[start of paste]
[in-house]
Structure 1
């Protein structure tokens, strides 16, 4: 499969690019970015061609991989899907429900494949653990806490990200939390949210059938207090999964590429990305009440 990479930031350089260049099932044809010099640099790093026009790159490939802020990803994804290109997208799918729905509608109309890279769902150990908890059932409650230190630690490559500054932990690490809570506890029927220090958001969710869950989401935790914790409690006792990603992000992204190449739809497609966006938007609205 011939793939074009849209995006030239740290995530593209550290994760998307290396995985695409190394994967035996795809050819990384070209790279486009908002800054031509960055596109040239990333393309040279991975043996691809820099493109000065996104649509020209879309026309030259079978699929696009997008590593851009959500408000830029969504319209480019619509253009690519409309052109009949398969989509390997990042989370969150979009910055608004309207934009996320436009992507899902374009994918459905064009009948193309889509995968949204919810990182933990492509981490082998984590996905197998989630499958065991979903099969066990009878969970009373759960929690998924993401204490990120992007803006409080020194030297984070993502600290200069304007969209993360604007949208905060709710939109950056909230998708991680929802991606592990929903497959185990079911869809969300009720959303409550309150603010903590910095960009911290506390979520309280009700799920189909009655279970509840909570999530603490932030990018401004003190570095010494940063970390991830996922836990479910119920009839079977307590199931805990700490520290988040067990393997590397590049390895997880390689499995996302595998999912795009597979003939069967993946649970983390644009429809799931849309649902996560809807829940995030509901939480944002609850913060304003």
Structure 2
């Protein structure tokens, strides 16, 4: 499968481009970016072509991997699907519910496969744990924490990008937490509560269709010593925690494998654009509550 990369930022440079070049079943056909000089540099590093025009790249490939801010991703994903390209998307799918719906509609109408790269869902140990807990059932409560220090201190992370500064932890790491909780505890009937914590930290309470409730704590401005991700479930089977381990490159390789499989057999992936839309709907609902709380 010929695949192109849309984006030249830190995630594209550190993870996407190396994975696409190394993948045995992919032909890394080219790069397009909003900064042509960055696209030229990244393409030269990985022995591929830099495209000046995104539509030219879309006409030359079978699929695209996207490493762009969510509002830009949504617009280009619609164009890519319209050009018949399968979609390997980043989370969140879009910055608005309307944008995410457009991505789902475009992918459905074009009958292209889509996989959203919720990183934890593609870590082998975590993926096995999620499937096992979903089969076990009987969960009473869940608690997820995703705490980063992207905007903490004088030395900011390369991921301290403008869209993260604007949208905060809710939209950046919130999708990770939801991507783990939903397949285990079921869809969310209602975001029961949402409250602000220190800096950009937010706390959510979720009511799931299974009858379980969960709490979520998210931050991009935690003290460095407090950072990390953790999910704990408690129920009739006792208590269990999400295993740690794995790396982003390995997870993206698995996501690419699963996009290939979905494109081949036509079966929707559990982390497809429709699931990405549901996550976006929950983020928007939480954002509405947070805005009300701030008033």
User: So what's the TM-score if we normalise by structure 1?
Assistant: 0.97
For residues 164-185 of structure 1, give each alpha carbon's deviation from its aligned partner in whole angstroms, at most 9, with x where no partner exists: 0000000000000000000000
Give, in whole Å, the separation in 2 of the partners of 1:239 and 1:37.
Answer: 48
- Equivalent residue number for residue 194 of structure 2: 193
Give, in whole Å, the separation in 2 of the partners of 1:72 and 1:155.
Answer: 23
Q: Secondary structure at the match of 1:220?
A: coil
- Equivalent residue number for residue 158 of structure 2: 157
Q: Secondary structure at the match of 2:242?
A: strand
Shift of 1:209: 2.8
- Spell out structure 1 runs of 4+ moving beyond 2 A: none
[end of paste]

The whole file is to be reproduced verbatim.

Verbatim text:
[in-house]
Structure 1
């Protein structure tokens, strides 16, 4: 499969690019970015061609991989899907429900494949653990806490990200939390949210059938207090999964590429990305009440 990479930031350089260049099932044809010099640099790093026009790159490939802020990803994804290109997208799918729905509608109309890279769902150990908890059932409650230190630690490559500054932990690490809570506890029927220090958001969710869950989401935790914790409690006792990603992000992204190449739809497609966006938007609205 011939793939074009849209995006030239740290995530593209550290994760998307290396995985695409190394994967035996795809050819990384070209790279486009908002800054031509960055596109040239990333393309040279991975043996691809820099493109000065996104649509020209879309026309030259079978699929696009997008590593851009959500408000830029969504319209480019619509253009690519409309052109009949398969989509390997990042989370969150979009910055608004309207934009996320436009992507899902374009994918459905064009009948193309889509995968949204919810990182933990492509981490082998984590996905197998989630499958065991979903099969066990009878969970009373759960929690998924993401204490990120992007803006409080020194030297984070993502600290200069304007969209993360604007949208905060709710939109950056909230998708991680929802991606592990929903497959185990079911869809969300009720959303409550309150603010903590910095960009911290506390979520309280009700799920189909009655279970509840909570999530603490932030990018401004003190570095010494940063970390991830996922836990479910119920009839079977307590199931805990700490520290988040067990393997590397590049390895997880390689499995996302595998999912795009597979003939069967993946649970983390644009429809799931849309649902996560809807829940995030509901939480944002609850913060304003």
Structure 2
């Protein structure tokens, strides 16, 4: 499968481009970016072509991997699907519910496969744990924490990008937490509560269709010593925690494998654009509550 990369930022440079070049079943056909000089540099590093025009790249490939801010991703994903390209998307799918719906509609109408790269869902140990807990059932409560220090201190992370500064932890790491909780505890009937914590930290309470409730704590401005991700479930089977381990490159390789499989057999992936839309709907609902709380 010929695949192109849309984006030249830190995630594209550190993870996407190396994975696409190394993948045995992919032909890394080219790069397009909003900064042509960055696209030229990244393409030269990985022995591929830099495209000046995104539509030219879309006409030359079978699929695209996207490493762009969510509002830009949504617009280009619609164009890519319209050009018949399968979609390997980043989370969140879009910055608005309307944008995410457009991505789902475009992918459905074009009958292209889509996989959203919720990183934890593609870590082998975590993926096995999620499937096992979903089969076990009987969960009473869940608690997820995703705490980063992207905007903490004088030395900011390369991921301290403008869209993260604007949208905060809710939209950046919130999708990770939801991507783990939903397949285990079921869809969310209602975001029961949402409250602000220190800096950009937010706390959510979720009511799931299974009858379980969960709490979520998210931050991009935690003290460095407090950072990390953790999910704990408690129920009739006792208590269990999400295993740690794995790396982003390995997870993206698995996501690419699963996009290939979905494109081949036509079966929707559990982390497809429709699931990405549901996550976006929950983020928007939480954002509405947070805005009300701030008033």
User: So what's the TM-score if we normalise by structure 1?
Assistant: 0.97
For residues 164-185 of structure 1, give each alpha carbon's deviation from its aligned partner in whole angstroms, at most 9, with x where no partner exists: 0000000000000000000000
Give, in whole Å, the separation in 2 of the partners of 1:239 and 1:37.
Answer: 48
- Equivalent residue number for residue 194 of structure 2: 193
Give, in whole Å, the separation in 2 of the partners of 1:72 and 1:155.
Answer: 23
Q: Secondary structure at the match of 1:220?
A: coil
- Equivalent residue number for residue 158 of structure 2: 157
Q: Secondary structure at the match of 2:242?
A: strand
Shift of 1:209: 2.8
- Spell out structure 1 runs of 4+ moving beyond 2 A: none